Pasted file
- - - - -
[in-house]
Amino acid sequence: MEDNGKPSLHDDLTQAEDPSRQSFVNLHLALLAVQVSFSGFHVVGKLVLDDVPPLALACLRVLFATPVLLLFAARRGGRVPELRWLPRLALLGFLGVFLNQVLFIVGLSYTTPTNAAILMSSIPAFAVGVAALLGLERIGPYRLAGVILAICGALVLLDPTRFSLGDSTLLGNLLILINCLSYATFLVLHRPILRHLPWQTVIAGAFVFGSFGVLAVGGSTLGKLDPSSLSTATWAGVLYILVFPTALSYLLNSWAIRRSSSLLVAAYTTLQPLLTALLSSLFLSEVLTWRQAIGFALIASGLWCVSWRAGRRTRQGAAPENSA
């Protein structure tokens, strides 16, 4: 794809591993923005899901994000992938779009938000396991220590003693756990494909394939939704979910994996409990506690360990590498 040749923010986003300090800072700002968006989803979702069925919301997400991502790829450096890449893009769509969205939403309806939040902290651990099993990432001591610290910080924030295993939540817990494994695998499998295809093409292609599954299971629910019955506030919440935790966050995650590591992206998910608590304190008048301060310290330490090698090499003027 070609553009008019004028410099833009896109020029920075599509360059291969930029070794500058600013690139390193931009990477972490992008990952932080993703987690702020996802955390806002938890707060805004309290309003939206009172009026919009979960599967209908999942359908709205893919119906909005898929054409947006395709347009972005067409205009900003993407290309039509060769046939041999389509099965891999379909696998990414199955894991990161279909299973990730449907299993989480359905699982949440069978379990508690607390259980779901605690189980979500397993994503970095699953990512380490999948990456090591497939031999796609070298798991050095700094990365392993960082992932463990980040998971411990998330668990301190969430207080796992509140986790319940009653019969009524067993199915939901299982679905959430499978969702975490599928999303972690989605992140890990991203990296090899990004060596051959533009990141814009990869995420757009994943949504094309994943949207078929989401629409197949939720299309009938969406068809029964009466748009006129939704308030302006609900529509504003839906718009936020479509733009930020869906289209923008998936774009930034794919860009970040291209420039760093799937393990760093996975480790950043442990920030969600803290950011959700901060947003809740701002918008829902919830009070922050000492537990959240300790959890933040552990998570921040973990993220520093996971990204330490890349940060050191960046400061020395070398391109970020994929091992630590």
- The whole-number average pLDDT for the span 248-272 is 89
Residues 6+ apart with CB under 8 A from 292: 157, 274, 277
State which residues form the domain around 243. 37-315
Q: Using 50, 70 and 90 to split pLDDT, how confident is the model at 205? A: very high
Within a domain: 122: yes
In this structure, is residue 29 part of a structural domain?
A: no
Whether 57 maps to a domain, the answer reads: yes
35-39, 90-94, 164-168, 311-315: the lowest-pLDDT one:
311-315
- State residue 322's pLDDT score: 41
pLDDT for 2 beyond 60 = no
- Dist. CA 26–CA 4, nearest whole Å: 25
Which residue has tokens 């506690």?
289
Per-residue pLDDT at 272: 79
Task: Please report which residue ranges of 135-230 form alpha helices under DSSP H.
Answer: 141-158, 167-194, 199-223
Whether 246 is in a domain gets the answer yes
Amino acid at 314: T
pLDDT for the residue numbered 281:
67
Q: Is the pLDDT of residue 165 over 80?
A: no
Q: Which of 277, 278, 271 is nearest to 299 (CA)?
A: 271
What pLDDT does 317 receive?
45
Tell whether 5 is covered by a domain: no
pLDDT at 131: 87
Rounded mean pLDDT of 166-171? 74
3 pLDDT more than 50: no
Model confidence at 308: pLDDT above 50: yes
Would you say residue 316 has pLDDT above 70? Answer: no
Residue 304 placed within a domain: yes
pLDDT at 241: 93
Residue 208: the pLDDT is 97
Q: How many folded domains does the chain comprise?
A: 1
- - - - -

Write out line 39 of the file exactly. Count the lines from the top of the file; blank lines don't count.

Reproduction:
pLDDT at 241: 93